Lethbridge Herald, The (Newspaper) - July 24, 1972, Lethbridge, Alberta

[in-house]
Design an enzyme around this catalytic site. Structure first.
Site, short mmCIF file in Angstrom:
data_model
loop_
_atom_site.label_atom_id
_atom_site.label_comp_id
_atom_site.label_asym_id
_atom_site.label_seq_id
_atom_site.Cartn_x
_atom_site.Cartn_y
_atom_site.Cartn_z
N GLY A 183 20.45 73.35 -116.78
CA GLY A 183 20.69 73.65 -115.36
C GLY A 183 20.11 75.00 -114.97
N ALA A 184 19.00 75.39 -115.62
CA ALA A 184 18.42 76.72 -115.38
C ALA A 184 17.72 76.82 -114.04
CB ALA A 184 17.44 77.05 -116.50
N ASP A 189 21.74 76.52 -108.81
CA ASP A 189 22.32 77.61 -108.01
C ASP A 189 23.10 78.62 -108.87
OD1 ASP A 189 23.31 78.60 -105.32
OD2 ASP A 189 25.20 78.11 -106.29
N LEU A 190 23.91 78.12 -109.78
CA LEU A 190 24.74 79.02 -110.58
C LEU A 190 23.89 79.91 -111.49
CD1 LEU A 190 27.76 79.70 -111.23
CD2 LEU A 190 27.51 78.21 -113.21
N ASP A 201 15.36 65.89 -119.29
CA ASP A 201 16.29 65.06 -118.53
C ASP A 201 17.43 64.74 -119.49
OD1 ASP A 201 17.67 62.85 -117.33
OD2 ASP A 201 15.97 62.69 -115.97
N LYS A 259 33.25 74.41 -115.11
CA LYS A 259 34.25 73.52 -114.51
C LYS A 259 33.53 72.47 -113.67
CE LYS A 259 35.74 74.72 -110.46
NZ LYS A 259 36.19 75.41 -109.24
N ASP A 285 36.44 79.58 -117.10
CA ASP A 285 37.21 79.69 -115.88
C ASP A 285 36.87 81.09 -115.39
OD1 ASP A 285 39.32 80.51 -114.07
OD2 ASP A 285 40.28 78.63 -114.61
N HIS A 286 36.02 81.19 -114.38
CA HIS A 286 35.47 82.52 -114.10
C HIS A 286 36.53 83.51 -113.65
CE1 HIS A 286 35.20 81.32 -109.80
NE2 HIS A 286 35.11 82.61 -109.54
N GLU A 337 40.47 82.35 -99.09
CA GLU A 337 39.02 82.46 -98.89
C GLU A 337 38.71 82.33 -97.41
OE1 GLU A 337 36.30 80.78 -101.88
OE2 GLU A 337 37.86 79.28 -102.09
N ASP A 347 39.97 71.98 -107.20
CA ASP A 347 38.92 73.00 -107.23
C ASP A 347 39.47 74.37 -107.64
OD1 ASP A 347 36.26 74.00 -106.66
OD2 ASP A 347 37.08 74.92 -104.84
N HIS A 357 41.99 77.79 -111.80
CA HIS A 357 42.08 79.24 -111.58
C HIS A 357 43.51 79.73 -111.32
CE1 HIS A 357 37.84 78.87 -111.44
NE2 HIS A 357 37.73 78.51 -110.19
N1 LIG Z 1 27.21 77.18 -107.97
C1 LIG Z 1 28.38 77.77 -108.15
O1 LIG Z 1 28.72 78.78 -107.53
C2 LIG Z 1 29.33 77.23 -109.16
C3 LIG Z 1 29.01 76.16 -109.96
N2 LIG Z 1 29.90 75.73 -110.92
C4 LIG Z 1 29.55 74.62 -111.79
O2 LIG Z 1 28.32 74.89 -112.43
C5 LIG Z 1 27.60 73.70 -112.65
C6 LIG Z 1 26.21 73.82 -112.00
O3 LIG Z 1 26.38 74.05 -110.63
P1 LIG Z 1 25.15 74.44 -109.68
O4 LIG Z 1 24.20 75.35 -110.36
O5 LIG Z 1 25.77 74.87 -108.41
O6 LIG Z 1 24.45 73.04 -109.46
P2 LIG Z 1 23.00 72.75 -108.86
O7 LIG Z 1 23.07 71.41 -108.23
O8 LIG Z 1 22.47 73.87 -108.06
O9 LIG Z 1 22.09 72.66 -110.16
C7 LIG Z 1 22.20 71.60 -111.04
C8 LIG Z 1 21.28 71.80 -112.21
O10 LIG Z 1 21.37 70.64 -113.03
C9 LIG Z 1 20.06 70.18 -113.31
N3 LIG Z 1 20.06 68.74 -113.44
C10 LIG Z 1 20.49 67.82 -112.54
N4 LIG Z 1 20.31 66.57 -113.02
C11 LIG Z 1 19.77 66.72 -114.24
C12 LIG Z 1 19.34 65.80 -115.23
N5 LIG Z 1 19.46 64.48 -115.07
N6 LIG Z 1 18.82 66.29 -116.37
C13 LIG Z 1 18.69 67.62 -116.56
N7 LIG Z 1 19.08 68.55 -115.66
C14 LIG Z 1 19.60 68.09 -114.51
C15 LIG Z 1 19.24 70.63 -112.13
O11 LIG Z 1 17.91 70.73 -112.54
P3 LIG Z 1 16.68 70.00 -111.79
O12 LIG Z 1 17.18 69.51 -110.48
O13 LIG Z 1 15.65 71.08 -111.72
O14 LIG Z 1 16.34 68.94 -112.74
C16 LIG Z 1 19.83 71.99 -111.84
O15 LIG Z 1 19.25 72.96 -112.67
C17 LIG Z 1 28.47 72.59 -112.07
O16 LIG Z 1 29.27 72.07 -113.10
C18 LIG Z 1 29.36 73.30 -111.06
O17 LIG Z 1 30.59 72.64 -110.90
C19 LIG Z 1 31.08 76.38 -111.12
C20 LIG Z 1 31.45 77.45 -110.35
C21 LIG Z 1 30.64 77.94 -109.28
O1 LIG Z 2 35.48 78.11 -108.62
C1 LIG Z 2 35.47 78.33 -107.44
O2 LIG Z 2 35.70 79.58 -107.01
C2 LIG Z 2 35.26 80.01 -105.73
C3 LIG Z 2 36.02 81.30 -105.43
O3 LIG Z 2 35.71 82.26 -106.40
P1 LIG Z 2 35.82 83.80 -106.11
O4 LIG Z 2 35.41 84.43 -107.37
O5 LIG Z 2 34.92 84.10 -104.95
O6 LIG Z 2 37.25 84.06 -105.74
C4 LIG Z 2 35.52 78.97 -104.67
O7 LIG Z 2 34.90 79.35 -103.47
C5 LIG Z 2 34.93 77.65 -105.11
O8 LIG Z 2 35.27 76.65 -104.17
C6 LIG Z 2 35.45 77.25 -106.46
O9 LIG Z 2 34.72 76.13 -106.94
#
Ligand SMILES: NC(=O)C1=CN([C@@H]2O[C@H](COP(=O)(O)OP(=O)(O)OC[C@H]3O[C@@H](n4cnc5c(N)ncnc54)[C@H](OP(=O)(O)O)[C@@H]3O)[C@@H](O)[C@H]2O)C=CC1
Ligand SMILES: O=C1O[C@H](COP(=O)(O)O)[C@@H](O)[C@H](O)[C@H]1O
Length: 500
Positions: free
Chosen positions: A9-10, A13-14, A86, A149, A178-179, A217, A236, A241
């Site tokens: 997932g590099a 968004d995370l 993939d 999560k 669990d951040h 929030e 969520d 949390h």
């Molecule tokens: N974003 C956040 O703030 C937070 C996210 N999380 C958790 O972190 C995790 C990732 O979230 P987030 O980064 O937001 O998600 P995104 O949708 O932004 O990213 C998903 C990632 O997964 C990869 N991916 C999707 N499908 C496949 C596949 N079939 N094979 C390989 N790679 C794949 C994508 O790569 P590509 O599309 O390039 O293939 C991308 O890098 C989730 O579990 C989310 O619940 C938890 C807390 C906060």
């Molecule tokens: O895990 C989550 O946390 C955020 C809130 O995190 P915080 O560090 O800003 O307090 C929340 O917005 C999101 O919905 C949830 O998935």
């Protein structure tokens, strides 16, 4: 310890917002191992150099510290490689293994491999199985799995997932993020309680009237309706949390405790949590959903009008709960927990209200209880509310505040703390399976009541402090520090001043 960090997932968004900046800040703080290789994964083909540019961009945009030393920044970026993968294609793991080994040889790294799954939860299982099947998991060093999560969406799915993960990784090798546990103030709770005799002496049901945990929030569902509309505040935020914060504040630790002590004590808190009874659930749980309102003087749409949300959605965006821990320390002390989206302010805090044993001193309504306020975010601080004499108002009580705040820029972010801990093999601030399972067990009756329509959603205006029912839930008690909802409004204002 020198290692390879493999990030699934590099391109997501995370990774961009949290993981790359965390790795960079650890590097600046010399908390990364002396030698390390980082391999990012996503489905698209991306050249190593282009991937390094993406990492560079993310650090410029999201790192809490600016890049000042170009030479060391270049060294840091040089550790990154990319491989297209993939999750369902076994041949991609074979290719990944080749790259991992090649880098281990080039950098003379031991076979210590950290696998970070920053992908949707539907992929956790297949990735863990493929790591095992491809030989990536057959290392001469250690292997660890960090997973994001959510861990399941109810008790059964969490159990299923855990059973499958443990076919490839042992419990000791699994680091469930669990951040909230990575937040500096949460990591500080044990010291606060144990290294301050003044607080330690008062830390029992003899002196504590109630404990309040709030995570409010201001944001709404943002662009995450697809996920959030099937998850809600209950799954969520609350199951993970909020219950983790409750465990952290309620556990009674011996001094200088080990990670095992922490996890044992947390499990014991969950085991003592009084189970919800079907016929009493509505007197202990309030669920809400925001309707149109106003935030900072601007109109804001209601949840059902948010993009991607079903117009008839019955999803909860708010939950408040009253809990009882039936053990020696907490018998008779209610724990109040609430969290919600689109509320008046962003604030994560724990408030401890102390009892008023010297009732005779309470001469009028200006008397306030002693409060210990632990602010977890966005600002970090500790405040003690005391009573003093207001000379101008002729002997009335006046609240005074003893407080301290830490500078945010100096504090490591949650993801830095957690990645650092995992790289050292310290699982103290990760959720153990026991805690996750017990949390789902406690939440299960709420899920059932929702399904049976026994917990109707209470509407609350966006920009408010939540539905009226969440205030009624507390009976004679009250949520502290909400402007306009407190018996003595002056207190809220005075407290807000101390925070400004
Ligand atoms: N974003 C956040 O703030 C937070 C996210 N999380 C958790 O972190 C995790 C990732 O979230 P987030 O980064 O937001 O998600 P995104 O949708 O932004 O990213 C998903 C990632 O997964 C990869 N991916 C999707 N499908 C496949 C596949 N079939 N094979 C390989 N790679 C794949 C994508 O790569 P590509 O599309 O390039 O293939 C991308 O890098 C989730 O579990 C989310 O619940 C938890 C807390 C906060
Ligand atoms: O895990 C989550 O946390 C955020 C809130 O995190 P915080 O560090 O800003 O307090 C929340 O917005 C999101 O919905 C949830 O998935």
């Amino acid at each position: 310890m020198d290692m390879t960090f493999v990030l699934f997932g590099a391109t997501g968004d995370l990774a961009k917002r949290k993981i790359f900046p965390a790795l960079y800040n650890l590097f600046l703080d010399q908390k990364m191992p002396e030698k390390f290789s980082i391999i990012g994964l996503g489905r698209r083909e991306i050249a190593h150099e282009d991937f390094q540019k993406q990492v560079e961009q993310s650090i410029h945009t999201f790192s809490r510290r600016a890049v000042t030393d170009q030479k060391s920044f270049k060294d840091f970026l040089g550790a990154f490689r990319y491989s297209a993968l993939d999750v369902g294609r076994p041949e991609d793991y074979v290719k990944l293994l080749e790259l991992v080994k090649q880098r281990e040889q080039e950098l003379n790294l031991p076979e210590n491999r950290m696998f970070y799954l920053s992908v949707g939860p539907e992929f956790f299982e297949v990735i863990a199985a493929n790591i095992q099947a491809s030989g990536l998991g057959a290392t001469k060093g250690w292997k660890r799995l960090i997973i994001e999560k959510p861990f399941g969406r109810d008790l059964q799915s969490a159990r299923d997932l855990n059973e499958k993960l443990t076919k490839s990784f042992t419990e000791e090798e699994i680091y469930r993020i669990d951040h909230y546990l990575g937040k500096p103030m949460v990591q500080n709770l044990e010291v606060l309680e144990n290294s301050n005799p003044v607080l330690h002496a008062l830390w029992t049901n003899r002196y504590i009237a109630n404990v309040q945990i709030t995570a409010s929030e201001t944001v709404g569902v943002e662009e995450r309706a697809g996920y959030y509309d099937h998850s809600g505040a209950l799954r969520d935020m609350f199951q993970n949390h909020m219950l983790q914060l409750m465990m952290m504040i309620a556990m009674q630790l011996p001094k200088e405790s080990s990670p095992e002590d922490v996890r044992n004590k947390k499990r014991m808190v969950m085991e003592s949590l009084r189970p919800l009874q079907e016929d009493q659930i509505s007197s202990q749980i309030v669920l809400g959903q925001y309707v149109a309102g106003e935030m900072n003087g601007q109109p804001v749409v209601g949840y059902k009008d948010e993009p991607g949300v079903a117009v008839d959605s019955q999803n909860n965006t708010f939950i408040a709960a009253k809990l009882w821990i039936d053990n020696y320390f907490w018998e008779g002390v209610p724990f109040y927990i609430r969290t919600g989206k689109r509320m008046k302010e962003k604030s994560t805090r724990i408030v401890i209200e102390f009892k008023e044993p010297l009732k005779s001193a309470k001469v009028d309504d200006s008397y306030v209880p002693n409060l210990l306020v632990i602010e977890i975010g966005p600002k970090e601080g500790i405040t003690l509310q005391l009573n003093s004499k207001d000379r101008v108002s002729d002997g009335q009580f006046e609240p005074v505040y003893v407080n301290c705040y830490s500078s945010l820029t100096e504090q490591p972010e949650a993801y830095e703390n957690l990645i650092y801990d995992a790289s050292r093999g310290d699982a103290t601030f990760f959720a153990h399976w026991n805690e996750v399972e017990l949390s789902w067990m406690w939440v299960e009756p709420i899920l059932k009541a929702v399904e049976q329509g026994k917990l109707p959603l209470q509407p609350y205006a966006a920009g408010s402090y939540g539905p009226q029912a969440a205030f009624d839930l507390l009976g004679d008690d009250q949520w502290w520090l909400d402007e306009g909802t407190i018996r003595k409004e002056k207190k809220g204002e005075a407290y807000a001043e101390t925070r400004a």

4 THE LETHBRIDGE HERALD Monday, July 24, 1971 Joseph Krufl Projects for the Prairies The prairie .provinces and a large area of Canada's north will be en- couraged by the recently released Great Plains Project report. Collated and submitted to Prime Minister Trudeau by an influential group, all experts in their field, the report was given a stamp of ap- proval by the prime minister. Many of the proposals for the de- velopment of the Prairies and the northwest are practical and sensible. Others are too overblown and gran- diose the idea of cargo jet freighters for one. Nevertheless, basic changes must lake place if the Prairies are to pros- per under normal economic circum- stances With all due respect to the ideas contained in the Plains report, there are problems which could if acted upon immediately, relieve some the economic distress which has plagued this region for years. Inequitable freight rates which the government has consistently turned a blind eye to for years is one. These rates, perhaps more than anything else, have held back the economic development of the Prairies. Another contentious issue, especi- ally in Alberta, is energy policy. There is evidence lately that this province arm its oil arid rGscurcss are to be subservient to federal aand central Canadian interests. If this trend is allowed to continue, impor- tant development proposals like the ideas in the Plains report, will be seriously hampered. This would be unfortunate, as the projects for the most part are ima- ginative and bold, and very much needed to develop the West's econo- mic potential. Good news at McGill A quiet revolution with a differ- ence is going on in Montreal academ- ic circles. It is the current change in outlook at McGill, Quebec's most prestigious English speaking univer- sity. A few years ago the McGill campus in the heart of Montreal was the focus demonstrations by students of French speaking universities in the city, protesting McGill's compar- ative affluence. McGill, incorporated in 1821, is not the oldest Canadian university. The University of New Brunswick, incor- porated in 1785, claims that honor. But over the years, McGill has bene- fited enormously from endowments by wealthy private citizens and cor- porations, although it must continue to depend on provincial grants for continued operation. Not long ago, the government of the province of Quebec reduced these grants, and McGill authorities feared that the fu- ture of the university was in jeopardy. They did, however, recog- nize that French resentment had some justification. Wisely, they have attempted to take steps to correct the image of the university as an Eng- lish enclave, insensitive and unco-op- erative to the needs of French aca- demic life. A recent issue of the alumni publi- cation The McGill News outlines how the university is changing and tells of its hopes to play a signifi- cant role in the creation of: close academic links with Canada's two cultures. There is no suggestion that McGill will ever become a French speak- ing institution, but language pro- grams and courses conducted in French have been commenced, in- cluding a number designed to give students a greater understanding and empathy with their French speak- ing counterparts. It has not been done painlessly, or without creating resentment in cer- tain circles. Nevertheless the proof of the pudding is its enrichment thereof. The provincial grant to McGill has been increased substantially this year. If McGill continues on this route, developing its relationships with the French community around it, en- larging exchanges in academic cir- cles, it could become the first Cana- dian university to reflect truly the bi- cultural nation of Canadian society. Thanks for a good time The weather could have been a good deal better. The fair itself could have been better. But all in all it was a good week. In looking back on it, there is one item of unfinished business. That is for all those who enjoyed the parade and the events at the fair grounds to say thank you to the many hun- dreds of people who contributed time, effort and talent. A few people were paid for their work, but most were not. From the directors on down through those who participated in the parade, those who manned the community food booths, those who sold tickets on the cars and the bar of gold, those who exhib- ited competitively and innumerable others, it was a labor of love. They did it because it would help to make the fair more enjoyable. Thanks to all of them. ART BUCHWALD The election counselor WASHINGTON Everyone knows about marriage counsellors, but very few people know that there are also election counsellors who are responsible for bring- ing psople together during a presidential election year. One of the best known is Stanfield Stan- islaus, who has been in the election coun- selling business for 30 years. He told me how he works. "Every pres- idential election year, hundreds of thou- sands of marriages and friendships are broken up because people get so mad at each other that they lose all reason. It is my job (o work with couples and friends to sec if I can persuade them to resolve their and become compatible again. Most of my work is done after the elec- tions in November, but even now I have appointments." "I imagine you'll be busy this year." "It could be the busiest I've ever had. There's a bitterness about this upcoming campaign that I haven't felt since Gold- water." "How do you "I have a couple coming in now. Why don't you sit over there and watch A middle-age couple eame into Stanis- laus' office. The husband had a Nixon but- ton in his hot and the wife was wearing a skirt which said "Vote For McCiovcrn." They sat far apart from each other. would like to Stanislaus asked. Tl.c husband said, "Lot Ihc radical speak first." "I'm not n the wife shouted. "I change. I want welfare reform rights for women and I want lo get nut of Vietnam-" "I luld you she svas a the hus- band said. "Let's avoid name calling If we possibly Stanislaus said. "Tell me, is there anything about this year's political cam- paign that you can agree The husband said, "We both agree Nixon isn't much, but I say he's better than nobody." The wife replied, "And I say I'd rather have nobody." "You're getting nobody with the husband said. Stanislaus said, "It's obvious that the election year is causing difficulty in your marriage. How do you get along in a non-presidential electon "All the wife said. "He spends most of his time watching football." "Which happens to be Nixon's favorite the husband said. Stanislaus asked, "Do you do tilings to- "We play tennis and go camping, and we're good at the wife said. "Well, that's Stanislaus said. "But we're not doing any of those things during an election year. How can you play bridge wilh someone who's for McGov- the husband asked. "One more Stanislaus said. "Are you sexually Ihc husband paid, "you could say we are." The wife blushed, "I have no com- plainls." "Then there is only one thing for you both to do. Stay in bed until Election Day." "ELECTION the husbnnd gnspcd. "And no humpcr stickers on the head- board." Slanislaus said. "That will be 525, please." (Toronto Son Service) A columnist's reaction to life in Hanoi JJANOI I came to North Vietnam early this month to assess the outlook lor peace in the wake of President Nixon's recent diplomatic, mil- itary and political moves. I wind up my trip feeling that an early political settlement is possible. But not probable and only on condition that Mr. Nixon abandon the pressure policy that has dominated his ap- proach to Vietnam. For the President's two greatest strokes the voyages to Pek- ing and Moscow, the renewed bombing of North Vietnam and the mining of its ports, and even his rise in the Gallup Poll have not had a decisive ef- fect here in Hanoi. That general impression de- rives from many particular experiences in North Vietnam which I shall describe in sub- sequent columns. But first I need to say a word about re- porting from this country, for the conditions are different than any I ever encountered in the Western world or the Communist world including China. I was met at the Gia Lam airport outside Hanoi by a chauffeur, an interpreter and a woman guide from the Viet- namese press association. With one exception, they domin- ated what I could do and could not do during the rest ot my visit. The one exception was the foreign community. It was pos- sible to see in private, as I did, diplomals from Western countries, from Russia and China and smaller socialist na- tions, and from some Asian and African slates. It was also possible to mix freely with a foreign press corps which in- cluded one or two knowledge- able non-Communists. But no medieval monastic or- der was ever more cut off from the world of the flesh than the foreign community in Hanoi is cut off from the world of the Vietnamese people. One diplo- mat acknowledged to me that lie came closest to piercing the official veil when he bought an antique, ivory opium pipe. He IH SOMZ Letters to the editor Now parents want alleys for playgrounds I am troubled over two as- pects of the closure by city council of the alley between 6A Ave. South and 6th Ave. I cannot understand the think- ing of city council and in parti- cular Alderman Hembroff, that the wishes of the residents (one of which has lived in this area less than a year) should take precedent over the wishes of 56 other people who are directly or indirectly affected. I think the residents of Leth- bridge should take a long hard look at the members they have on council and when the next opportunity arrives to mark a ballot, mark it in favor of those who will uphold the democra- tic process. It appears that council now in office complete- ly disregards petitions present- ed to them be it signed by 56 people or people. How- ever, one influential man can impose his will regardless of the will of the majority. When I was a child 1 can recall being taught by my par- ents that a roadway was for motor vehicles, that I was to cross it as quickly as possi- ble and if I was walking along that roadway I was to walk well off to the side in order that any motor vehicle would have sufficient room. Not so with some parents of today. If there is to be any danger to their children playing in the alley, then we use our money The value of post-secondary education Our post-secondary educa- tional institutions are on trial, but so is the community that selected them and we should spare no pains to see that the trial is a successful one. I tend tn be rather optimistic. If we are big enough to need a university and a college our pride should not be directed to its physical qualities but to the fact that we use it effec- tively. The factor of sheer num- bers is obviously a fundamen- tal one but it is difficult to project what the actual enrol- ment will be. The solution per- haps is less meddling by self- appointed experts. How does one measure tlie worth of a university or college education? I wish I knew! As a parent I would hope one would acquire a love of objec- tive truth, no matter in what domain scientific, historical or any other and (hat he receive a return of more than a hundred fold for the price ot the tuition. Education has been described as the process of "learning to value Ihc right things." Graduation from a college or university is not an end, it is not even the beginning of an end. It is just the end of a beginning. Young people nt times, un- fortunately, ore trained to bo belter than somebody else, which cnn cripple Ihcm as much as it can challenge them; few are taught Ihal the only compclillon w.irlh Ihc candle is trying jo he heller than Hie self of yesterday. Those days it in ejuy (a turn our educational problems over to specialists to handle. That's good. But we must be careful we do not turn away from our individual privilege and responsibility in taking an intelligent stand where vital principles are at slake. Perhaps what we need, more than ever, is a social con- science. Let's quit the nit pick- ing and get on with making our college and university proud ones so that future gen- erations can say we have not failed them. Far too often we look upon ourselves as the lords of crea- tion, and yet we know more about the environmental re- quirements of puppy dogs and cattle than we do about the proper needs of the human en- vironment. If taken in a simple way, if we are not careful, the ultimate survivor may end up being the cockroach not the Caesar. and influence to close that alley, we don't teach our chil- dren safety. The modern psychology of parents is that my child can play in the alley, on the streets, and if you are driving a car, mister, you better watch out for him. We are proving to ourselves what a sick psycho- logy it is. We don't teach him respect for other people's needs, their rights or their property. We teach him selfish- ness. My child will have any- thing, at any Many people will disagree with what I say but next time you drive downtown watch Uie "young people on the streets defy you as they walk across the streets. The taxpayers of Lethbridge have spent hundreds of thou- sands of dollars (if not mil- lions) in building recreational facilities for their young peo- ple. Must we go on to buy them the alleys and the streets? How about teaching them discipline and respect? Taber. AB CHERVINSKI Lclhbridge. GEOHGE HIGHAM noticed thai the pipe had teen much smoked, and quite re- cently. That was his first, and only, intimation that the fam- ous Vietnamese habit, sup- posedly banished by the Com- munists, in fact continues. Apart from such sniffs of life below the surface, everything I have done in. North Vietnam has been arranged by my hosts. They established the em- phasis ot my coverage. They decided whom I saw and did not see. They controlled my contacts with the local popula- tion. The emphasis the North Viet- namese wished to impart to tha trip announced ilself from the start. My first appointment was with a vice-minister of water control who described American bombing of this country's dikes. Thereafter, no effort was spared to acquaint me with evidence of the "criminal" damage done by American bombing. I was twice taken to points distant from Hanoi to see towns that had been ob- literated and dikes that had been damaged. An interview with two cap- tured American pilots, both of them vocal in condemnation of the war, was arranged. So was a press conference in which Vietnamese doctors described damage done to hospitals by American bombing. When it came to learning about other features of life in North Vietnam, difficulties pre- sented themselves. I had only three conversations that were not supervised one with an official of a foreign ministry who has asked not to be iden- tified. I met two truly important political figures Le Due Tho, a member o[ the politburo and chief negotiator at the Paris peace talks, and Nguyen Buy Trinh, another politburo mem- ber who is also deputy pre- mier. But when it came to meeting other leaders, and to the inter relationships between them which comprises the es- sence of Vietnamese politics, I was told: "Our regime was born from a secret resistance movement and we still observe the rule of the three nothings 'Hear nothing; see nothing; know nothing.'" There was one totally unre- hearsed opportunity for conver- sation wilh an ordinary North Vietnamese at Sunday mass at the cathedral in Hanoi. I said a few words in French to a woman who had that in- definable look some women have of being well-bred. She obviously understood. I thought a conversation was about to be- gin. But my interpreter came up; there was a burst ot talk in Vietnamese; he told me sha was busy and had to go. I do not conclude from Hiis that North Vietnam is a state seething wilh discontent and dissent, anymore than I sup. pose the North Vietnamese army to be comparable to the Arab fedayeen. On the con- trary, the capacity to cut off contacts so thoroughly gives me the opposite impression. As the actress Jane Fonda, who has also been visiting Hanoi, said in a characteristic buist of unrestrained enthusiasm: "I have never seen so many un- alienated people." My impression is that the North Vietnamese regime is one of the most Communist of Communist regimes anywhere in the world tough, resolute, disciplined, organized to the rice rools and with a mission- ary belief in revolutionary pur- pose that absorbs all internal dissension. The character of Communism in North Vietnam is one of the reasons it has been so hard for the United States to beat the men from Hanoi or to make peace with them. (Field Enterprises, Inc.) A bunch of deadbeats Looking backward Congratulations citizens of Lethbridge. Once again you've proved what a great group of people you are by your enthusi- astic display of appreciation for the efforts of others. Last Mon- day morning produced one of the best parades I've seen in my years of residence in this ctly. It's only loo bad Ihe crowd could not have displayed some of the pleasure and enthusiasm reprcsenlalive on (he faces of Ihosc who participated in the parade. People of Lclhhriclgc, you arc a hunch of deadbcals. I would not blame one partici- pant, when it becomes tlmo for next year's display, if they told you all lo go soak your heads, it would be no less than you de- serve. Each cilizcn in this commun- ity ought to get their arms out of Ihcir slings, pick up pen ami paper and write n note o! appreciation to each bond and sponsor of a float. Then hope- fully let some gratitude get into their hands to display their ap- preciation when it conies time for the next parade. Unfortunately, people, I don't think you'll learn until it's too late. Lethbridge. V. HUNTER Pay with Life I agree with M. E. Spencer of Cardston. A sex offender should be castrated. And when murder is commuted they should be made to pay with their life and not sent to prison just long enough so they cnn cook up nnothor crime. I think In the dnys of Ihc hanging tree there was n lot less crime. Through the Herald 1922 Mrs. P. C. Harris of 212 1st Avenue S. exhibited a radish today weighing one pound six ounces. In Lake Placid's new arena special ice-making ma- chinery will put a glossy sur- face over the smooth concrete floor for the international ice skating meet to be held in New York. IM2 Cecil Beford won top money in bronc riding with sad- dle at the annual Castle River stampede, 18 miles west of Pincher Creek, staged Wednes- day and attended by upwards of people, 1952 About voters of the Lelhbridge constituency will require 52 polling booths in the provincial election August 5. This was revealed on the completion of Ihe enumerator's lisls, handled from the office of the returning officer for this conslilucncy, William Ellis. ULhbridga H. GREY The Lethbridge Herald 504 7th St. S., Lethbridge, Alberta LETHBRIDGE HERALD LTD., Proprietors and Published 1005 -1954, by Hon. W. A. BUCHANAN Second class Mall Registration No. 0012 Cftnndlan Preis and Ihe Canadian Dally Newspaper Publishers' Association and the Audit Bureau of Circulation! CLEO MOWERS, Edllor and Publisher THOMAS H- ADAMS, General Mnnnncr DON PILLINS WILLIAM HAY Managing Editor Assodalo Editor ROY F. MILES DOUGLAS K. WALKIH AOvirtlllng Manager editorial Page Editor v -THE HERALD SiRVES THE SOUTH"